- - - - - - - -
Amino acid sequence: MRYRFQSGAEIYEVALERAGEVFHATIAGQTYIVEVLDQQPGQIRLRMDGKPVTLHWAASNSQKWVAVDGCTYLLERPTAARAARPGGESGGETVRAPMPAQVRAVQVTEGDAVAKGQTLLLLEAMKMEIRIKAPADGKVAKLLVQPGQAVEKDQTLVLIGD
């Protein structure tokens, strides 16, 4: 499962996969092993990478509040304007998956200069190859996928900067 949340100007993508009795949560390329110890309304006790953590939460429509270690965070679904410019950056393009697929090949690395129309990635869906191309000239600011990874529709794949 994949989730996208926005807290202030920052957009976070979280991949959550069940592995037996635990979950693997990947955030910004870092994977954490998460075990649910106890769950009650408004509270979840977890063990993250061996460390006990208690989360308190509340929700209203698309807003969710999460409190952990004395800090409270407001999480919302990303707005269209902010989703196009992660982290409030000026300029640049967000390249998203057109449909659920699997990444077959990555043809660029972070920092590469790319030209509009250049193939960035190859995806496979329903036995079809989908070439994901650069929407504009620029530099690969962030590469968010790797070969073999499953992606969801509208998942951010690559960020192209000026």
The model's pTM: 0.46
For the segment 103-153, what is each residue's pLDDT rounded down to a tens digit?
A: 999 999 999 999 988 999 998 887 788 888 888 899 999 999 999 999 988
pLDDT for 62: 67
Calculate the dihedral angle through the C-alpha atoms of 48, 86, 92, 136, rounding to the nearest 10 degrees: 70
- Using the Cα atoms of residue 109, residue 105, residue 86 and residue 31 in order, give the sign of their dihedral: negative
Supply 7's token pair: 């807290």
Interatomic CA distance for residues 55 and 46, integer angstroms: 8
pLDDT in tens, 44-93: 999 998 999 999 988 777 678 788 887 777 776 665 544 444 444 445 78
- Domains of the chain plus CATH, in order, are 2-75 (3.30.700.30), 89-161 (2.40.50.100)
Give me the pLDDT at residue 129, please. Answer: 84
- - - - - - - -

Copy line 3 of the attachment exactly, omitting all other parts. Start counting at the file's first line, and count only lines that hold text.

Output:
The model's pTM: 0.46